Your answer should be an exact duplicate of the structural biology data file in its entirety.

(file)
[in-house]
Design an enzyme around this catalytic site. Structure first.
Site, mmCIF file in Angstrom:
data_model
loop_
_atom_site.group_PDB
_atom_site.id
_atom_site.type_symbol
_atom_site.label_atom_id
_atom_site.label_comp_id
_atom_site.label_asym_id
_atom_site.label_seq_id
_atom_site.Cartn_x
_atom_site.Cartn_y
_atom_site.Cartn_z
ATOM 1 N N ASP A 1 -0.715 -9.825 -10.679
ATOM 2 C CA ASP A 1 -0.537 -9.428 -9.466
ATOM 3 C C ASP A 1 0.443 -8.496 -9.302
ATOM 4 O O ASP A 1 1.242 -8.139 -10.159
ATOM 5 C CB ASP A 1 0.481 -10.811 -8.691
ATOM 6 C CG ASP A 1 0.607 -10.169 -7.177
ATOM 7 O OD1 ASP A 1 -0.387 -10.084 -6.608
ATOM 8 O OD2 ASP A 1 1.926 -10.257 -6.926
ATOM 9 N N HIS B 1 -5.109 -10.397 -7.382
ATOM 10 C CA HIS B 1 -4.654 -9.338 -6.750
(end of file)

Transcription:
[in-house]
Design an enzyme around this catalytic site. Structure first.
Site, mmCIF file in Angstrom:
data_model
loop_
_atom_site.group_PDB
_atom_site.id
_atom_site.type_symbol
_atom_site.label_atom_id
_atom_site.label_comp_id
_atom_site.label_asym_id
_atom_site.label_seq_id
_atom_site.Cartn_x
_atom_site.Cartn_y
_atom_site.Cartn_z
ATOM 1 N N ASP A 1 -0.715 -9.825 -10.679
ATOM 2 C CA ASP A 1 -0.537 -9.428 -9.466
ATOM 3 C C ASP A 1 0.443 -8.496 -9.302
ATOM 4 O O ASP A 1 1.242 -8.139 -10.159
ATOM 5 C CB ASP A 1 0.481 -10.811 -8.691
ATOM 6 C CG ASP A 1 0.607 -10.169 -7.177
ATOM 7 O OD1 ASP A 1 -0.387 -10.084 -6.608
ATOM 8 O OD2 ASP A 1 1.926 -10.257 -6.926
ATOM 9 N N HIS B 1 -5.109 -10.397 -7.382
ATOM 10 C CA HIS B 1 -4.654 -9.338 -6.750